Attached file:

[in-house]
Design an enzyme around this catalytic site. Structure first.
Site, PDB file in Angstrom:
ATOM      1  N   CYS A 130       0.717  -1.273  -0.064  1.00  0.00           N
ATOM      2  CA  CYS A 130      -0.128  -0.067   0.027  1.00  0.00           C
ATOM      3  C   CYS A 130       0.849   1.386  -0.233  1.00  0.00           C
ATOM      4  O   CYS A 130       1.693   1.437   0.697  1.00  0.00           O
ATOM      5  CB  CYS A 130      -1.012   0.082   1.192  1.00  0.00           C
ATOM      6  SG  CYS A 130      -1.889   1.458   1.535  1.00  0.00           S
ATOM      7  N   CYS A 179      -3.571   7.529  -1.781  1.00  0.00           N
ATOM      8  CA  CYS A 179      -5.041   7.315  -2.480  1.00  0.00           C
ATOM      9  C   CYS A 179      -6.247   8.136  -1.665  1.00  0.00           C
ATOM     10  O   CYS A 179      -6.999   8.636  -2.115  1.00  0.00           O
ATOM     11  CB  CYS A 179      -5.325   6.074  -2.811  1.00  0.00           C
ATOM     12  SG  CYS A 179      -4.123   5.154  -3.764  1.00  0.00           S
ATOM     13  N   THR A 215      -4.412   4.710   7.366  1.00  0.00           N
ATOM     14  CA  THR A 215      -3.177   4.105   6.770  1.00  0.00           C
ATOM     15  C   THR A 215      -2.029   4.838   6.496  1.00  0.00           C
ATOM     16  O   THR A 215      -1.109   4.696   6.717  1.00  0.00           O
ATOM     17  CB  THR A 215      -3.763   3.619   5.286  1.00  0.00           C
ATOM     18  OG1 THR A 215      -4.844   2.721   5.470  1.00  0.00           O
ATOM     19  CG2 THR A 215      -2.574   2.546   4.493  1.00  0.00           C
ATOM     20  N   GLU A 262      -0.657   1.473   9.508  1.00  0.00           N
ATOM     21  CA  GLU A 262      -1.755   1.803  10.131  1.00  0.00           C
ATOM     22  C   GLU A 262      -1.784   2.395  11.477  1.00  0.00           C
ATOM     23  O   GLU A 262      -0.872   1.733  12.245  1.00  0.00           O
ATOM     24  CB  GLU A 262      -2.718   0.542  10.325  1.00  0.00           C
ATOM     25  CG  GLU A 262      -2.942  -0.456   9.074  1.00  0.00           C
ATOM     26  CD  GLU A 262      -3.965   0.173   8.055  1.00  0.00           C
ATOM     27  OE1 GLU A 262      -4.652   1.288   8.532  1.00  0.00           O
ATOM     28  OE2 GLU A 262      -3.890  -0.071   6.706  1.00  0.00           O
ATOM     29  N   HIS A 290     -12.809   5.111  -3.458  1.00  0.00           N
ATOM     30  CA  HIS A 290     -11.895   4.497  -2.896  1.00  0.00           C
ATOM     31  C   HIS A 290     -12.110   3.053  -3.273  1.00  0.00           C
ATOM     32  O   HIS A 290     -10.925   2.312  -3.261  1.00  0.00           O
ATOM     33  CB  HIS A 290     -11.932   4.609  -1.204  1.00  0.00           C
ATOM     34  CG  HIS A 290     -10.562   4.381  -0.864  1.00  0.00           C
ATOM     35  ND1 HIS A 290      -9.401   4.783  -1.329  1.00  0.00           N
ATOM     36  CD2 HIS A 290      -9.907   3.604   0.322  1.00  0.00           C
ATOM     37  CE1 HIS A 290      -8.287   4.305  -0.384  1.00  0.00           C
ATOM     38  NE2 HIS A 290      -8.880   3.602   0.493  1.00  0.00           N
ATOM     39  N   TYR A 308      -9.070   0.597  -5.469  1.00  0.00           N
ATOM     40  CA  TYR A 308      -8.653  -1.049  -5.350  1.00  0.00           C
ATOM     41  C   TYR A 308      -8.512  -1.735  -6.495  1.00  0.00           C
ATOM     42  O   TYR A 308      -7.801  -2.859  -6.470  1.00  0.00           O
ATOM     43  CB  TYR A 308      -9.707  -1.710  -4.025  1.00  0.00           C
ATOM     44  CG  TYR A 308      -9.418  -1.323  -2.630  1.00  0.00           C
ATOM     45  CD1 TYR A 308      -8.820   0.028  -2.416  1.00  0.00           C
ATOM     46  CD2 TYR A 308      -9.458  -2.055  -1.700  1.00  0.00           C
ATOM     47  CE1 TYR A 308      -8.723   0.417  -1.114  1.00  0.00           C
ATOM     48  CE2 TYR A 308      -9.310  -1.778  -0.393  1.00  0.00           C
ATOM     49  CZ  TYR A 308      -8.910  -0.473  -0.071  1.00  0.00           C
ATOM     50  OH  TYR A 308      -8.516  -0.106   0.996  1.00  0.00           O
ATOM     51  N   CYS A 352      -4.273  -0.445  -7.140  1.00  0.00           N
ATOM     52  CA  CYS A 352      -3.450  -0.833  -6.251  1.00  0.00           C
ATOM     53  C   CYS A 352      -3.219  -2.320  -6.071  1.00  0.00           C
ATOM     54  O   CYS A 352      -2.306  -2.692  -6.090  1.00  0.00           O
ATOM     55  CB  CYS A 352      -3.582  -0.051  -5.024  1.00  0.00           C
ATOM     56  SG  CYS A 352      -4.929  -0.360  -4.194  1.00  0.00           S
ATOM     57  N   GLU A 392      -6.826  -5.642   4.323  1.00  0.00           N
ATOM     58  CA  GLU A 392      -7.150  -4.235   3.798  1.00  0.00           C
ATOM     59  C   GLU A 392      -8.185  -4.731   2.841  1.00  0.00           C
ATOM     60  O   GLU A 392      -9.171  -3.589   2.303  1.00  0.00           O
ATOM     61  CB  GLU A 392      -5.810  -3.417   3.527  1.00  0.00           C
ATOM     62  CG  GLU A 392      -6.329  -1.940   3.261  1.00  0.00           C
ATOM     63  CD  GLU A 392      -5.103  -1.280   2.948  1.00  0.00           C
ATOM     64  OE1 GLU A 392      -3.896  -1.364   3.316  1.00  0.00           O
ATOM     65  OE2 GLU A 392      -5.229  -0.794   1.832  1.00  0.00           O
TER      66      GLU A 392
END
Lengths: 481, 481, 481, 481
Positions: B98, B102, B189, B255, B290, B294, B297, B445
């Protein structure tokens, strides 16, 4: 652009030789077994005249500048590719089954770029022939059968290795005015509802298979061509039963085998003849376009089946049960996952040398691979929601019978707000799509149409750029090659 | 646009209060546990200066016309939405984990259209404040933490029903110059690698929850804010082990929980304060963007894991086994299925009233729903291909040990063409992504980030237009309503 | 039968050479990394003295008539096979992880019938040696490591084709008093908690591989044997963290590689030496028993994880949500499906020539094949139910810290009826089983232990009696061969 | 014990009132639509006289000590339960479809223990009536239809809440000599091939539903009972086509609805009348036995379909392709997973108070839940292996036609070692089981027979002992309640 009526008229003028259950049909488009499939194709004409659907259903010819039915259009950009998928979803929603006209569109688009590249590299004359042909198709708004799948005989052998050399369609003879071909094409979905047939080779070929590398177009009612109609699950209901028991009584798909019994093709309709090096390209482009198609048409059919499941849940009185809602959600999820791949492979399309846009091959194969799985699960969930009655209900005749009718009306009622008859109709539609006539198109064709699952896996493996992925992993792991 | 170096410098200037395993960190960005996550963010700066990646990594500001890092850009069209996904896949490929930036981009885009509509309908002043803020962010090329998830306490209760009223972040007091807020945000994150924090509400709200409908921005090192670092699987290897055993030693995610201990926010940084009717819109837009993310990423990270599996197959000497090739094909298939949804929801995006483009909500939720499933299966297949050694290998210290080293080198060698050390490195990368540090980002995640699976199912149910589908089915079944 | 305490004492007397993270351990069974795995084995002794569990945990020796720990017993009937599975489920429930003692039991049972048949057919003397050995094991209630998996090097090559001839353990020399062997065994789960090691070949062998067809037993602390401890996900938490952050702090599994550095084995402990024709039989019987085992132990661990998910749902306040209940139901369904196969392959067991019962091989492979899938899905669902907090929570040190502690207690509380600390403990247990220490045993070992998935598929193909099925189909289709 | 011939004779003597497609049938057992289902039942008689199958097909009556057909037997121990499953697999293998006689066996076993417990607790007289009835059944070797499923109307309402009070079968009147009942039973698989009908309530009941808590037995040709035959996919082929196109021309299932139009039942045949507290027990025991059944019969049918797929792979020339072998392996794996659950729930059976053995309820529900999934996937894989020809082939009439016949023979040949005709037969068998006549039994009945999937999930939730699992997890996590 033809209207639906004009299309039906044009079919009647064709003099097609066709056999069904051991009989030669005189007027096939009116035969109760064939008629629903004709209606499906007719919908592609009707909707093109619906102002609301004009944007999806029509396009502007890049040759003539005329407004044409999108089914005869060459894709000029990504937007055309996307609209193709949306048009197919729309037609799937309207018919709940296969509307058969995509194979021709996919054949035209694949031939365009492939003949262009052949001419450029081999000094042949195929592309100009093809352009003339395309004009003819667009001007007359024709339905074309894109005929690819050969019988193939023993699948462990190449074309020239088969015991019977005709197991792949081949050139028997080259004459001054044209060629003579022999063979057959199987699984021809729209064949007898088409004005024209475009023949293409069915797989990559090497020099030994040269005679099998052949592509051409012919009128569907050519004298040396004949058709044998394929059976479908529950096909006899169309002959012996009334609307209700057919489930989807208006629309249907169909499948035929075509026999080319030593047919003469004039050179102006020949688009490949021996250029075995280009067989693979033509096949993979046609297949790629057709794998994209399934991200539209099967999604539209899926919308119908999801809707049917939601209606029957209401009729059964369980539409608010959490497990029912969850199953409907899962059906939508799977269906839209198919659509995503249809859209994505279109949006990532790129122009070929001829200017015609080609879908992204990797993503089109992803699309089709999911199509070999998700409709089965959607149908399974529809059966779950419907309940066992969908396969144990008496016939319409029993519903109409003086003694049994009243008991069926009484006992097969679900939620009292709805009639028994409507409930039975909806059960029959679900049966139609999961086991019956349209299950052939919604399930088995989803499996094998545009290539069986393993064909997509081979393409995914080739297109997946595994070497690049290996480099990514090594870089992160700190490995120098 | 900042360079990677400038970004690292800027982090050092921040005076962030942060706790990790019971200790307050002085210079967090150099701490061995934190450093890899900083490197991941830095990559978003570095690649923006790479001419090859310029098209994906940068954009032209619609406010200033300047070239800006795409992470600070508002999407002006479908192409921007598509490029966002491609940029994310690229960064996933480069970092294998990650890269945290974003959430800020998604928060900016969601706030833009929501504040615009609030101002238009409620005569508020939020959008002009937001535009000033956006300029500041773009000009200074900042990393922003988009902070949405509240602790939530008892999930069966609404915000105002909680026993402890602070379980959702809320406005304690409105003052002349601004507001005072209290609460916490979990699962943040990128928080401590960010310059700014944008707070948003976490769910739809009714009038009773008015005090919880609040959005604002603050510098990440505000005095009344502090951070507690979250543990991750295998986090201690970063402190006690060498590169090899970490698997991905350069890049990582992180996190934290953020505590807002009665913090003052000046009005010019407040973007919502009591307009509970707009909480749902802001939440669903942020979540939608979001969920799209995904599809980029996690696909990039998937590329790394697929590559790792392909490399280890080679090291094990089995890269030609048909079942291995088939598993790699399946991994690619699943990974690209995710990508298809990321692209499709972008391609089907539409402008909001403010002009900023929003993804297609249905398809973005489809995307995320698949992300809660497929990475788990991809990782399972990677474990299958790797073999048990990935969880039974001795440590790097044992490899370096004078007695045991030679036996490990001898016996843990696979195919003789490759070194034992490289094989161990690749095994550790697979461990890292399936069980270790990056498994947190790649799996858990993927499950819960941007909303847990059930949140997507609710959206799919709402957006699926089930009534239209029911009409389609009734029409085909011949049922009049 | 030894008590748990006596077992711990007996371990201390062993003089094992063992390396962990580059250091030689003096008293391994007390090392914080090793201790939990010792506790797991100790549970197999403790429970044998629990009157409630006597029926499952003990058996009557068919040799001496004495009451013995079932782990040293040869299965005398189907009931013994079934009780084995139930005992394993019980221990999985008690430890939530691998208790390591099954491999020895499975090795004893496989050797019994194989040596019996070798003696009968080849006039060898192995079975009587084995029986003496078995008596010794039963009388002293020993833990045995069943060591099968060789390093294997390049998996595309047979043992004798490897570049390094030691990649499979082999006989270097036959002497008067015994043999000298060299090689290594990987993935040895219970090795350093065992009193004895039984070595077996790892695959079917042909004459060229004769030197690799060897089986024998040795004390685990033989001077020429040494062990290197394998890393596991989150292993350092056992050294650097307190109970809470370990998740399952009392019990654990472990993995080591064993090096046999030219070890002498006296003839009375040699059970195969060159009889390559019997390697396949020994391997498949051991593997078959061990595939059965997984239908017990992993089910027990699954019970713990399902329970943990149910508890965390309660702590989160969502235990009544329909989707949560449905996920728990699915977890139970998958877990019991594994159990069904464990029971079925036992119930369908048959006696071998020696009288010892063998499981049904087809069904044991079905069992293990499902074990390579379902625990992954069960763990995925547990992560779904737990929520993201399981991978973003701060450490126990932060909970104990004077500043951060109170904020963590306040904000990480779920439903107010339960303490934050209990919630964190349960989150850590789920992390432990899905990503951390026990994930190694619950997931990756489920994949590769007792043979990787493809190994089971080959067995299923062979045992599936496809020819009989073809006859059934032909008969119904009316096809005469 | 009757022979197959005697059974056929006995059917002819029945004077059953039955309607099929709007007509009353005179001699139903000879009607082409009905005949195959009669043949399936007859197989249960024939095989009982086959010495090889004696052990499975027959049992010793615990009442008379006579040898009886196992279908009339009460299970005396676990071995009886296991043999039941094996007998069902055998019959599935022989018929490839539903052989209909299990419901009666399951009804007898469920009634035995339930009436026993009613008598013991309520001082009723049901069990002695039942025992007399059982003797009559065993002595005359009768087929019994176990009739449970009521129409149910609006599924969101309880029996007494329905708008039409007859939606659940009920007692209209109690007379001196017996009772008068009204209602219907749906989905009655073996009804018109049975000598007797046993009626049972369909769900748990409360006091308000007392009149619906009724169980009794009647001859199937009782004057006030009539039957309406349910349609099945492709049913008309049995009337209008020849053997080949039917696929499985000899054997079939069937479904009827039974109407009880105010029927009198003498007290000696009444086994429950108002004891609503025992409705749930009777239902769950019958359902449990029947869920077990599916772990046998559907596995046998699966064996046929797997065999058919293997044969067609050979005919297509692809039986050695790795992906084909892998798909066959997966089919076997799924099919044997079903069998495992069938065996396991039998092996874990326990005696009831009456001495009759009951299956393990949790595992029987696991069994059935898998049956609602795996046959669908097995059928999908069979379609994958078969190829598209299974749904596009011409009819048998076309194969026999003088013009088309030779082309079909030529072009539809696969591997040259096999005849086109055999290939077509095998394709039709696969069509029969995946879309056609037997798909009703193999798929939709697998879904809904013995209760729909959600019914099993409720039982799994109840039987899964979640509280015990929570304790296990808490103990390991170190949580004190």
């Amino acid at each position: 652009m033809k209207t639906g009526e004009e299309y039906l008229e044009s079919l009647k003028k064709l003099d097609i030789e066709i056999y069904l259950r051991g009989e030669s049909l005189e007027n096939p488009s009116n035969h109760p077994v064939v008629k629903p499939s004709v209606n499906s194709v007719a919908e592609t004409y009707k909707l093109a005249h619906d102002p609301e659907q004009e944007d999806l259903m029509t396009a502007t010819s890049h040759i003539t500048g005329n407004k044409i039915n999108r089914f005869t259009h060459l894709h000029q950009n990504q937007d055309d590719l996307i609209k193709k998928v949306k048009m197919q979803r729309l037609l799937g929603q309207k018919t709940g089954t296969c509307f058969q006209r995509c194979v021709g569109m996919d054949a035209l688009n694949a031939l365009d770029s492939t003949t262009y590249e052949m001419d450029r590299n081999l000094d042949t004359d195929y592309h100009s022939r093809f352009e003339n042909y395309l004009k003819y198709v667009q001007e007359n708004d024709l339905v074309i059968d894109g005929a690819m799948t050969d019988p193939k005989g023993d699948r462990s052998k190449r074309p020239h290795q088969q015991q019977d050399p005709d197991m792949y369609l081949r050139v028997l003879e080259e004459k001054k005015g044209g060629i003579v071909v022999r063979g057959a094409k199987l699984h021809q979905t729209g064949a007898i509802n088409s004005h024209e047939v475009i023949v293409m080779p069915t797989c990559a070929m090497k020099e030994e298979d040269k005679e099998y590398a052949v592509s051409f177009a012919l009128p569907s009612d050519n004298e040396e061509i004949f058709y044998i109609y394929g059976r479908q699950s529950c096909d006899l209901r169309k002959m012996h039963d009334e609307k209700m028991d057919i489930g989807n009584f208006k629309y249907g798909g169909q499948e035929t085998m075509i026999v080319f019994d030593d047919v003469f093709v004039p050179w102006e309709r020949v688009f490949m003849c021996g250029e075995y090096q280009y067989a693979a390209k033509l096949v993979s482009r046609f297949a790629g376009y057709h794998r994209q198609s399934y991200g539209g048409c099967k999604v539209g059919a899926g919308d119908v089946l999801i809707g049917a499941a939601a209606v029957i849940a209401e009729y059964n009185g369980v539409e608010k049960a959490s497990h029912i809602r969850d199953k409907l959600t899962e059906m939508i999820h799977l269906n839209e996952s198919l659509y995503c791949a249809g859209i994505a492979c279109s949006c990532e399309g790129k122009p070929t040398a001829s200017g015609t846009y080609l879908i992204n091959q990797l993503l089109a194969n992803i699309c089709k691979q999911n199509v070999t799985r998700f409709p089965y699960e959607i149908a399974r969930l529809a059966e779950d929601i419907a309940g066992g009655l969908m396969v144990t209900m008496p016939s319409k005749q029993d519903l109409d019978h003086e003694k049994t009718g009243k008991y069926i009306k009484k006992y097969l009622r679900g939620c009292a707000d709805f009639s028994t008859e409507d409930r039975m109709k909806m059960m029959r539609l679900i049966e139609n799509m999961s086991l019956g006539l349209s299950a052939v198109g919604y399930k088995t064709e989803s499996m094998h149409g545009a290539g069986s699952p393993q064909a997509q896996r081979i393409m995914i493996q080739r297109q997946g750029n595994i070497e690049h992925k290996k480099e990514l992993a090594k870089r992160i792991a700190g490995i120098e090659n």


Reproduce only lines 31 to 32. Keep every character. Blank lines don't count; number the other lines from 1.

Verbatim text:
ATOM     28  OE2 GLU A 262      -3.890  -0.071   6.706  1.00  0.00           O
ATOM     29  N   HIS A 290     -12.809   5.111  -3.458  1.00  0.00           N